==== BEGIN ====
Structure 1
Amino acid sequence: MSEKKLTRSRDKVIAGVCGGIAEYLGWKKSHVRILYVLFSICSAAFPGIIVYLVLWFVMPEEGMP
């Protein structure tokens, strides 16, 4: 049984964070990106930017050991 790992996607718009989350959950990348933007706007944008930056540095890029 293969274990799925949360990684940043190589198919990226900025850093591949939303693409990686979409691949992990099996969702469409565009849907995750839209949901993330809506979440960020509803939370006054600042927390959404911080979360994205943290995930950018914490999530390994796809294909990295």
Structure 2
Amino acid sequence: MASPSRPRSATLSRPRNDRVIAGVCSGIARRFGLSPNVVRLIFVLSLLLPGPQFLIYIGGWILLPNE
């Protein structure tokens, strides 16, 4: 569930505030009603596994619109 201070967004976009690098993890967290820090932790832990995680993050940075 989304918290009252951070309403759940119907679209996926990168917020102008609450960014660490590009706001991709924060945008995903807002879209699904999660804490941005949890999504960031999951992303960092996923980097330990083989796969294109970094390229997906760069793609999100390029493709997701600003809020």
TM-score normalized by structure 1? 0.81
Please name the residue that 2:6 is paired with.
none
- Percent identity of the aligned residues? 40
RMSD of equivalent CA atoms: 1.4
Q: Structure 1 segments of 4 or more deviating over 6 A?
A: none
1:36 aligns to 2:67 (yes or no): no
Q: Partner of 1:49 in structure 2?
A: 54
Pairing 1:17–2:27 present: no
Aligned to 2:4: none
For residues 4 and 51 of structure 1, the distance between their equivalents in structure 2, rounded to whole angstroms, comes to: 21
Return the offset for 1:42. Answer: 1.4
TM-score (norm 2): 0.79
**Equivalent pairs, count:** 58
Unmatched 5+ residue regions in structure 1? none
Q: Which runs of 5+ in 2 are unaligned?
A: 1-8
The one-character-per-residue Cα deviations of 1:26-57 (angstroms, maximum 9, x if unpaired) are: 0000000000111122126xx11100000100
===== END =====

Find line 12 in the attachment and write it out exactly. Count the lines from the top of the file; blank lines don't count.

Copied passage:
Q: Structure 1 segments of 4 or more deviating over 6 A?